At the age of 50, she decided to go back to school to work on her degree in art while learning to do stone and bronze sculpting. It's an out-door thing and a lot of work, very dusty and dirty, but she ﬁnds it very rewarding and likes to sculpt native women. She thinks that stone needs a partner and bronze partners well with stone so she often combines the two materials in her sculptures.
Gourd carving is another interest of about 30 years. It started as something new to do. Her ﬁrst gourds were very crude. The further she got into it, she found that gourds, large and small, are so open to anything. She does a lot of heavy carving, all Southwest- art inspired.
As far as she knows, she is the only one to cover gourds in copper. "I saw something else being covered in copper and thought, 'Why couldn't I cover a gourd?' It worked! The thing about being a gourd artist is you keep your mind open because there is so much you can do with them, carving and embellishing as you go."
Usable gourds, the way she prefers to have them, can't be grown in this area. "The shells are too thin. I like the nice thick 1/2-inch-deep shells to carve. Gourds take 180 days to grow. They need hot nights to keep growing. I buy mine from a desert area in southern California."
Kachina dolls (made-in-America deity dolls) have always fascinated Pennie. Always doing things her own way, she has developed her own interpretation calling her creations, "Spirit Dancers." Bodies and hand-painted heads are made of gourds. All additional materials and embellishments used are recycled. Scraps of leather, pieces of fur from a taxidermist, chicken feathers, garage sale ﬁnds, and jewelry donated by friends adorn her "Spirit Dancers." Each one is individual ... there will never be two alike. On display at the Creamery are an eagle dancer, Shaman, and a raven dancer.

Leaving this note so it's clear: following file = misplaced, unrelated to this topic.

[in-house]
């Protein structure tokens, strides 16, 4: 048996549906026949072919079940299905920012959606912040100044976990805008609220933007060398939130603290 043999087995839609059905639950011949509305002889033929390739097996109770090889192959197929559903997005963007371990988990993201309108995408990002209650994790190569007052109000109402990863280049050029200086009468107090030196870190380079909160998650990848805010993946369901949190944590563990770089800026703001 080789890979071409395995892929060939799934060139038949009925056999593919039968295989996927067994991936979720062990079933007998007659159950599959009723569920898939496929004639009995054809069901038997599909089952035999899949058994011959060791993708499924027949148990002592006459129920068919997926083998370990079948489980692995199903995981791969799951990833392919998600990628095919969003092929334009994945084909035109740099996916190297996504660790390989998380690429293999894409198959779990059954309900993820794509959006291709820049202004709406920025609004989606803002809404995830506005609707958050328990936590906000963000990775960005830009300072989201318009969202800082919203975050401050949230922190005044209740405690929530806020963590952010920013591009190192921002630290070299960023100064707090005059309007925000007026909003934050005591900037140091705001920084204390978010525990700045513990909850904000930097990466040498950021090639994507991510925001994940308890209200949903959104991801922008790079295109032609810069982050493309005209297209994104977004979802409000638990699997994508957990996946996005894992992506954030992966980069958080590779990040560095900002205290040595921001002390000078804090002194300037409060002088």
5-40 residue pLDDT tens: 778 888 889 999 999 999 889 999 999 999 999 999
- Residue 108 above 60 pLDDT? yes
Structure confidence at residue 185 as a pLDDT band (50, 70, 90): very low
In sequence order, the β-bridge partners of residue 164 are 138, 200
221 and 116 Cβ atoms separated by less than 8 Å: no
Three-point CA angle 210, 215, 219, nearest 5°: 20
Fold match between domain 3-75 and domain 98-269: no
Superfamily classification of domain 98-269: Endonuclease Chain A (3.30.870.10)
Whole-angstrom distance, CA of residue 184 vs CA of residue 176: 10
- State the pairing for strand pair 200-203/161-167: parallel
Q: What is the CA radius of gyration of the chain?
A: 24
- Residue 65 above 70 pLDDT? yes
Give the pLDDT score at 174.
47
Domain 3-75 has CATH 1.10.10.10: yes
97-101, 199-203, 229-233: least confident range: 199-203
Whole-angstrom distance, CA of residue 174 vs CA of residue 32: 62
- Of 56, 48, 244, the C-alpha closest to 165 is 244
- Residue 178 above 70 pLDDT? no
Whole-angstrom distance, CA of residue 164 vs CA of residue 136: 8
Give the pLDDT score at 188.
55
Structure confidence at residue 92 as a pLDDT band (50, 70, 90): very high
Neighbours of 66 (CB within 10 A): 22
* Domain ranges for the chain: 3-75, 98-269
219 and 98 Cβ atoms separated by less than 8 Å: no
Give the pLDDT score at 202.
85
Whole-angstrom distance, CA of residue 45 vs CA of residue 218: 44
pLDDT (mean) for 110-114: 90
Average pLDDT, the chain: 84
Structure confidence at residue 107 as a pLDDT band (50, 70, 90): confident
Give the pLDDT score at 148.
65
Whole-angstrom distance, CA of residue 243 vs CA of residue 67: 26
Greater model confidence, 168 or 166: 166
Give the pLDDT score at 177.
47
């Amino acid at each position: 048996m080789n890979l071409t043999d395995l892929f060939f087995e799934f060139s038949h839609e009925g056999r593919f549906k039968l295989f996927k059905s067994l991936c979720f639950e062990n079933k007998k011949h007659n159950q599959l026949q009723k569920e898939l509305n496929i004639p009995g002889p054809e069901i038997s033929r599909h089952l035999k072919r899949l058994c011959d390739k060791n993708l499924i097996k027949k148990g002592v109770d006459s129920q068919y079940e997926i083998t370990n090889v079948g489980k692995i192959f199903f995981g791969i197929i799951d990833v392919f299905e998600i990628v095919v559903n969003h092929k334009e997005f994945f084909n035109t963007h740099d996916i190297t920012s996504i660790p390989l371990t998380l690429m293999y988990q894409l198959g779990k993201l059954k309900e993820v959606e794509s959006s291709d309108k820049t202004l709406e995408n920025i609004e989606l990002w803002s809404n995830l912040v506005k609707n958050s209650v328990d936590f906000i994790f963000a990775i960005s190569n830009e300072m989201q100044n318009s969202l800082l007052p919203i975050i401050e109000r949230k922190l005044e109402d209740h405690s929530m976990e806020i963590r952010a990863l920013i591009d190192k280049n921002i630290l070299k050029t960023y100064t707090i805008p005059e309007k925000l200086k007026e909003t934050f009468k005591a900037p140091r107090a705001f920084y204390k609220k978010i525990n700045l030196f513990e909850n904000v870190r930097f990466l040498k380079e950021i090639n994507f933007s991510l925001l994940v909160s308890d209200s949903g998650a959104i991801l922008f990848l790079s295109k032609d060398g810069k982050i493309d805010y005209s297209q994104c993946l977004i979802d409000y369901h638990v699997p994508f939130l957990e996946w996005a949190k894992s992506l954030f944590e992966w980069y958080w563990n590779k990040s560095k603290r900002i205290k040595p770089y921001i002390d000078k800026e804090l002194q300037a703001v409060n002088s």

Pennie taught a recent class in Nuno, a Japanese felting method resulting in a scarf that appears to be made of gossamer. The process uses raw unspun wool or silk placed on a silk scarf and then the yarn is felted into the fabric, making your own design. The project is done outdoors because hot water is poured over the piece in the felting process and can be a bit messy.
Pennie is gallery manager and co-director at The Creamery Arts Center in Hotchkiss, sharing co-director responsibilities with marketing director Gini McNair. She keeps busy with her own studio at home, her responsibilities at the gallery and teaching classes. She has been on the board of directors for the "Render the Rock" and the Ute Museum in Montrose, is a board member at the gallery, and NACP (Native American Cultural Program) which is in charge of the pow wow, now held indoors at the fairgrounds in Montrose.
"One of my pet peeves is when someone says, "I can't do it." I ask, "Have you ever tried?" "No, but I can't do it," is often the answer. You are defeated ... instead, try saying, "That sounds like fun, I'd like to try that." If it doesn't turn out ... it's not a big deal, try again or try something else. I'm always looking and searching for something new. It's fun to experiment, it keeps my mind active."blog comments powered by Disqus